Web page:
Monday, September 1, 2008

So You Cook with Freezer Paper How?

Ah, the bliss of a long holiday weekend--extra cups of coffee, cleaning out the minivan, dumpster diving, chocolate shake with peanut butter cup mix-ins at the Chocolate Moose, hand-stitching white beads on little girl dresses while watching the Jerry Lewis telethon, and finally some time to freezer paper stencil.

We love freezer paper stencilling onto shirts around here. It's very fangeek friendly, with lots of videogame and sci-fi and dinosaur stencils available free on the web; it's relatively quick and easy, with a high satisfaction ratio (if you're careful, you're unlikely to mess it up even if you're an idiot--whew!); it involves paint(!), a medium that I, with little hand-drawing skill, very rarely get to dabble in; and the time from start to awesome is pretty brief, with Matt wearing today the Darth Vader shirt I made for him yesterday.

One caveat: the having-to-be-pretty careful part--you know, cutting out the stencils so carefully, and not spilling paint all over the place because it's expensive and permanent--means that this isn't an activity that I can do very often, because my policy that kiddoes always get to participate means that I must have a co-parent around solely to moderate the girlies' work. That's why long holiday weekends are the best--you get all the regular weekend grunt work done, and you still have an hour left for freezer paper stencilling.

Now, there are way better tutorials out in the world than mine. Amanda Soule, for one, has a huge section of devoted to freezer paper stencilling, as well as on her blog, and she's the one who invented stencilling over weird stains to cover them up--I would have thought that the weird stain would bleed through, but it does not. Some other good tutorials are:
Yeah, everybody and their dog has a freezer paper stencil tutorial. I, however, am still going to stick my nose in and offer a little tutorial of my own--I know of a couple of tricky little tricks to make the business even easier, and I know some good ways to involve little kiddoes. So.....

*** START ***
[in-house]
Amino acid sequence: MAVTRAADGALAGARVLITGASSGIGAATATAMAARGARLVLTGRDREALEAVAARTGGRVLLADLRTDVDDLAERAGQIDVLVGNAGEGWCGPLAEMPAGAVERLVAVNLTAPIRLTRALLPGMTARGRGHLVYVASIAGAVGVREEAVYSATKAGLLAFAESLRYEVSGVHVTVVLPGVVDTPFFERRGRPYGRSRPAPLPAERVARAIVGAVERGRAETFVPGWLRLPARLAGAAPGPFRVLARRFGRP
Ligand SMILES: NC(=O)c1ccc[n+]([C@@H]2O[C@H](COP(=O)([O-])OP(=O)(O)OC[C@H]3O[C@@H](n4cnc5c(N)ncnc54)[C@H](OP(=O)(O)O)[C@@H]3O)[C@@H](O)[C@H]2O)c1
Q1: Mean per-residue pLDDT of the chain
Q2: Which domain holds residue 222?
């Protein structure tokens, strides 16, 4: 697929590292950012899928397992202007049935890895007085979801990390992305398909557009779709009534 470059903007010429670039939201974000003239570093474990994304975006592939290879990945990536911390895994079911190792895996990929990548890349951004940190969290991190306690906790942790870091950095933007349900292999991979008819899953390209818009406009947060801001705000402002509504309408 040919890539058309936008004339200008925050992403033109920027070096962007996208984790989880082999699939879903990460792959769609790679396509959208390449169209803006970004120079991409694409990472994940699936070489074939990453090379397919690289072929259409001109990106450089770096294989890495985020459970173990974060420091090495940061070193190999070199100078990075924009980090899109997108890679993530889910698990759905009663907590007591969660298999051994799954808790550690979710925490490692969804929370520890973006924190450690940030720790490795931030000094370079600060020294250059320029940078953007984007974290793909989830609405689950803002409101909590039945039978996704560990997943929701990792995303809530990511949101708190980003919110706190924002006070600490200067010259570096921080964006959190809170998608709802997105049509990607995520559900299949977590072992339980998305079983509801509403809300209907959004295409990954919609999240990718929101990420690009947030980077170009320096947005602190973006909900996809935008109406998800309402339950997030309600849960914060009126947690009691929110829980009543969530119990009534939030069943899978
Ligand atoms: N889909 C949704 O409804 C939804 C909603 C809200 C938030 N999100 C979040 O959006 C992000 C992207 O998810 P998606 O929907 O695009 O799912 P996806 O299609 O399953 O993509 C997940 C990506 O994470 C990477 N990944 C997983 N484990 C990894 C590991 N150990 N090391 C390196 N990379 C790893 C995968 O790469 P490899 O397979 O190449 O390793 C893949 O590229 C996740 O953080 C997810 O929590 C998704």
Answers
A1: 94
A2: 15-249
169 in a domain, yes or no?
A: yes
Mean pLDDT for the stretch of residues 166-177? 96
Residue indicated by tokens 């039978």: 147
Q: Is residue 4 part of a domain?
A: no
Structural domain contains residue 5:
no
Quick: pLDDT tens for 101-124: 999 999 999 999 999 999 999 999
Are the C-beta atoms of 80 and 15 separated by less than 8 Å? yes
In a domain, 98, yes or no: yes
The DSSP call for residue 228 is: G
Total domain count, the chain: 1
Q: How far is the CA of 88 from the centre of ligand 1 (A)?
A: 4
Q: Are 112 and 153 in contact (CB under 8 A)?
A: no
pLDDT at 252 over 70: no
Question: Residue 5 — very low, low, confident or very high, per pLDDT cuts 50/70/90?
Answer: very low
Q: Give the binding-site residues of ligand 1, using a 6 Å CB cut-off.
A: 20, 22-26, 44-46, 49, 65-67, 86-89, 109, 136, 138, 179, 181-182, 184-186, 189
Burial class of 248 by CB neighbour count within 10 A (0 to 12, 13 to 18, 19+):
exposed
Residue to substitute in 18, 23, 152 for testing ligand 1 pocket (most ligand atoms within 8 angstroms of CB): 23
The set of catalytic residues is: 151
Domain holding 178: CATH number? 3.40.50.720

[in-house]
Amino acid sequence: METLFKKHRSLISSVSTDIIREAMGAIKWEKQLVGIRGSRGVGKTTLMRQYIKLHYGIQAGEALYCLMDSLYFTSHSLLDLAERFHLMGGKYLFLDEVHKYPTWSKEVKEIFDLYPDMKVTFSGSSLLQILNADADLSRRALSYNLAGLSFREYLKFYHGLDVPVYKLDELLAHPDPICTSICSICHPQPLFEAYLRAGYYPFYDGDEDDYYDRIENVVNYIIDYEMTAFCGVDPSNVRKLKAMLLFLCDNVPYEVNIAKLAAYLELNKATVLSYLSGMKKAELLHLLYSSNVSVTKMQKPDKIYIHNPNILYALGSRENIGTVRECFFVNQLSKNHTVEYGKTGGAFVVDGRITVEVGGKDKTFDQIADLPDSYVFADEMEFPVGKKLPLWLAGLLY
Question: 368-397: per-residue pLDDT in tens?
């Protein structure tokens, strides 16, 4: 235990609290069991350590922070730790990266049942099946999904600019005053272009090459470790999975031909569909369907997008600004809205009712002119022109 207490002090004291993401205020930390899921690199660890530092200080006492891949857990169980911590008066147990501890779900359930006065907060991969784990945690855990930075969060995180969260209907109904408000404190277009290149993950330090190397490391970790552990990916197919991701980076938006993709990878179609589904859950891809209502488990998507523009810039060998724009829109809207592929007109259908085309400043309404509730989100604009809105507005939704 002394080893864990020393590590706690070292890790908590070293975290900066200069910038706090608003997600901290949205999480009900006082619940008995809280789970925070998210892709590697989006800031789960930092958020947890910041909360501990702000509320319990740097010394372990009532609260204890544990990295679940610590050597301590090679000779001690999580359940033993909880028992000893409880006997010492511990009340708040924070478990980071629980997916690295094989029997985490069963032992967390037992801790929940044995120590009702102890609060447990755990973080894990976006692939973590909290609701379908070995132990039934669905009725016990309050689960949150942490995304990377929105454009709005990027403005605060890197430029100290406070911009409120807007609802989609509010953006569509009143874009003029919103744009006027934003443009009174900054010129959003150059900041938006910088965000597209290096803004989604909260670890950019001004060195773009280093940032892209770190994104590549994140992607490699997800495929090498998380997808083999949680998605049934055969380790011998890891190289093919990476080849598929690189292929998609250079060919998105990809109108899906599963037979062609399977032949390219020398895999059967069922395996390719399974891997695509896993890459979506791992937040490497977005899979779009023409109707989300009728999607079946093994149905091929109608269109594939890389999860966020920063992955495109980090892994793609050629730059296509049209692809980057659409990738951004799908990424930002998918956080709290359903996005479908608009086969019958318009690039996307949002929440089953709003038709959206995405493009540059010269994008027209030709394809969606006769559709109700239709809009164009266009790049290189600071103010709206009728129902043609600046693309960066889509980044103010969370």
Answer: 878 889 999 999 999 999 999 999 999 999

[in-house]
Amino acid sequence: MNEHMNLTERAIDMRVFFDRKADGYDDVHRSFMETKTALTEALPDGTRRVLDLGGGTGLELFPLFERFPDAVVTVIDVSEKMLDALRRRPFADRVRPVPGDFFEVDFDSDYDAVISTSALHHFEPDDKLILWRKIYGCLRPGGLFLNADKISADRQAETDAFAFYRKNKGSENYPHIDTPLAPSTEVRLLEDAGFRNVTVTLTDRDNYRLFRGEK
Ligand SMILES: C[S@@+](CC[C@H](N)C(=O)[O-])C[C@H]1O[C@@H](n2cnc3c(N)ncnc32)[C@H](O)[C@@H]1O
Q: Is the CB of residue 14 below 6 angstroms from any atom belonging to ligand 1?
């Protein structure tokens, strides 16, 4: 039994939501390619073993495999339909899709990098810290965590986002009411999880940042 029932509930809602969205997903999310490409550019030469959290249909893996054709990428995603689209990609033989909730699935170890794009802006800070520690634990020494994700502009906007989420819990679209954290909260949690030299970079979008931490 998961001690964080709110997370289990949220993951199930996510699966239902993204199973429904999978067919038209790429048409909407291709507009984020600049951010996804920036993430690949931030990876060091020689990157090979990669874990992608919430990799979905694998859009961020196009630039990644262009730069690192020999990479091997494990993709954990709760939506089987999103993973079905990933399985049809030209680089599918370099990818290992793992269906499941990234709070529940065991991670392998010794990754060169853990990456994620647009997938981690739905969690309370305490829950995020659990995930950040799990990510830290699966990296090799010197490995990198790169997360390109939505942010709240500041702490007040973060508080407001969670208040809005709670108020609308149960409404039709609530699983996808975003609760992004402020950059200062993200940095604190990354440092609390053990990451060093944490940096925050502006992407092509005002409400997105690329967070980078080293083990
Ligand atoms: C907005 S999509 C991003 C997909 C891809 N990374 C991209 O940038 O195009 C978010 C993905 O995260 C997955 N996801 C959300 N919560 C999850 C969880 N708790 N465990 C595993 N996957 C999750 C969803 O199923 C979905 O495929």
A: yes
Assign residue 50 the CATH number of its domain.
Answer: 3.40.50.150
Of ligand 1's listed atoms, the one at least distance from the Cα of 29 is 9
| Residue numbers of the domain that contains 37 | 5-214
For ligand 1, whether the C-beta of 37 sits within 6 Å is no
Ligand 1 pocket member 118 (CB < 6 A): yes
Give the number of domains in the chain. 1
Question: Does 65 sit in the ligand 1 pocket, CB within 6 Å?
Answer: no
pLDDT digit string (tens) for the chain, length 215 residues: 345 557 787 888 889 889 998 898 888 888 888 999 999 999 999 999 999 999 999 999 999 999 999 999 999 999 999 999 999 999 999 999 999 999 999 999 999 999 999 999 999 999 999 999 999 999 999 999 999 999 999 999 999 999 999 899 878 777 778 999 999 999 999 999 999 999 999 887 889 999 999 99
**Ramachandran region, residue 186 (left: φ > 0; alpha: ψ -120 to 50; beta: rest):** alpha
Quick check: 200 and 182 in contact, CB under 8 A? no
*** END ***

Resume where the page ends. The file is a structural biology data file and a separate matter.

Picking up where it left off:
Freezer Paper Stencilling: A Tutorial
1. Gather materials.
I'm surprised that I love freezer paper stencilling so much, because I don't normally care for projects that require a lot of special equipment. Freezer paper stencilling requires freezer paper, a heavy paper with a thin plastic coating on one side. That coating used to be made of wax, and freezer paper used to be used like Ziploc bags, to wrap up things for the freezer, but I think it's really mostly used now for craft projects. And that's because it's perfect for them--the plastic side irons onto fabric and adheres there, but also peels off easily, leaving no residue. That means it makes the perfect stencil, since you'd have to try really hard to get bleed-through, but it's also good for stabilizing fabric on the back side if you want to freehand paint or draw on the fabric, and if you soak fabric in Bubble Jet Set, you can iron it to 8.5"x11" freezer paper and actually feed it through your printer for printing images that won't wash out of the fabric.
You can use anything you think will dye permanently for your fabric paint, but most people who do freezer paper stencilling regularly seem to prefer high-quality specialty-store fabric paint--it's hella more expensive, but you really don't use very much at one time, so it lasts for quite a while. I buy all my materials online from Dharma Trading Co. I bought the set of 8.5"x11" sheets of freezer paper because I print my stencils from the computer and I also print on fabric ironed to freezer paper, and my printer is a little finicky so I didn't want to mess with measuring and cutting larger sheets of freezer paper to size. I bet that if you wanted to make bigger stencils or to draw them yourself, you could find bigger sheets of freezer paper somewhere.